United States District Court, E.D. California
ORDER GRANTING PLAINTIFF'S MOTION FOR SCREENING;
AND FINDINGS AND RECOMMENDATIONS TO DISMISS SECOND AMENDED
COMPLAINT WITH PREJUDICE (Docs. 22, 23)
JENNIFER L. THURSTON UNITED STATES MAGISTRATE JUDGE.
has filed a second amended complaint asserting claims against
governmental employees pursuant to 42 U.S.C. § 1983. The
Court is required to screen complaints brought by inmates
seeking relief against a governmental entity or an officer or
employee of a governmental entity. 28 U.S.C. § 1915A(a).
The Court must dismiss a complaint or portion thereof if the
prisoner has raised claims that are legally “frivolous
or malicious, ” that fail to state a claim upon which
relief may be granted, or that seek monetary relief from a
defendant who is immune from such relief. 28 U.S.C. §
1915A(b)(1), (2). “Notwithstanding any filing fee, or
any portion thereof, that may have been paid, the court shall
dismiss the case at any time if the court determines that . .
. the action or appeal . . . fails to state a claim upon
which relief may be granted.” 28 U.S.C. §
Relevant Procedural Background
initiated this action on December 19, 2017, for claims
related to the delayed receipt of his personal property
following several institutional transfers; this property
included legal documents, personal hygiene items, and a
Torah. The Court screened the complaint and found it lacked a
cognizable claim. (Doc. 12.) Plaintiff then filed a first
amended complaint (Doc. 14), which the Court screened again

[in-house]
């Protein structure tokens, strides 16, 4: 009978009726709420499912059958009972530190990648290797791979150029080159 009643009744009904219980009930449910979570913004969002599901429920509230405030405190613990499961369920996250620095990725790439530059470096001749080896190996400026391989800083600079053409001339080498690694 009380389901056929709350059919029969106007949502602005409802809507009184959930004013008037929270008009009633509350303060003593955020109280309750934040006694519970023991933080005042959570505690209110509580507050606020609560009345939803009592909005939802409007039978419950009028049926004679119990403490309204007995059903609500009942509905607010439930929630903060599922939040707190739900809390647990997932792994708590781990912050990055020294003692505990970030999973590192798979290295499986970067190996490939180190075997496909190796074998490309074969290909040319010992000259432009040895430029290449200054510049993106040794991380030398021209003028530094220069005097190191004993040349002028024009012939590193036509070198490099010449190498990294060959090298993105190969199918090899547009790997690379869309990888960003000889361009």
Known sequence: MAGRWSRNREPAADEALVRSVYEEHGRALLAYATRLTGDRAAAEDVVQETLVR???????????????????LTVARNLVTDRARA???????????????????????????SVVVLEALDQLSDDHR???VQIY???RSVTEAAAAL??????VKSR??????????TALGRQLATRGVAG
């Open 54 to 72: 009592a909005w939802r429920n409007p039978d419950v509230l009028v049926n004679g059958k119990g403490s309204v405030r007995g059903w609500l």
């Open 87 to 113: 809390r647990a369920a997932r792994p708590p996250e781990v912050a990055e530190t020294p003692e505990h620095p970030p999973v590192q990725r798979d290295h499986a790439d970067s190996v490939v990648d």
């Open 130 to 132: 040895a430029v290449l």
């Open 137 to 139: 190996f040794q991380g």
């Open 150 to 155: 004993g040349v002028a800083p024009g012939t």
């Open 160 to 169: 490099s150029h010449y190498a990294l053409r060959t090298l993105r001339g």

and deemed it to be substantively identical to the original
complaint. Because plaintiff failed to state a claim and his
allegations suggested that there were no additional facts to
plead, the Court issued findings and recommendations to
dismiss the first amended complaint without leave to amend.
(Doc. 18.) Plaintiff objected to the findings and
recommendations. (Doc. 19.) On review of the objections,
District Judge Lawrence J. O'Neill granted the findings
and recommendations in part, giving plaintiff one final
opportunity to state an Eighth Amendment conditions of
confinement claim and a First Amendment free exercise claim.
Plaintiff's second amended complaint follows from that
order and is now before the Court for screening.
complaint must contain “a short and plain statement of
the claim showing that the pleader is entitled to
relief[.]” Fed.R.Civ.P. 8(a)(2). Detailed factual
allegations are not required, but “[t]hreadbare
recitals of the elements of a cause of action, supported by
mere conclusory statements, do not suffice, ”
Ashcroft v. Iqbal, 556 U.S. 662, 678 (2009) (citing
Bell Atlantic Corp. v. Twombly, 550 U.S. 544, 555
(2007)), and courts “are not required to indulge
unwarranted inferences, ” Doe I v. Wal-Mart Stores,
Inc., 572 F.3d 677, 681 (9th Cir. 2009) (internal
quotation marks and citation omitted). While factual
allegations are accepted as true, legal conclusions are not.
Iqbal, 556 U.S. at 678.
may bring § 1983 claims against individuals acting
“under color of state law.” See 42
U.S.C. § 1983, 28 U.S.C. § 1915(e) (2)(B)(ii).
Under § 1983, Plaintiff must demonstrate that each
defendant personally participated in the deprivation of his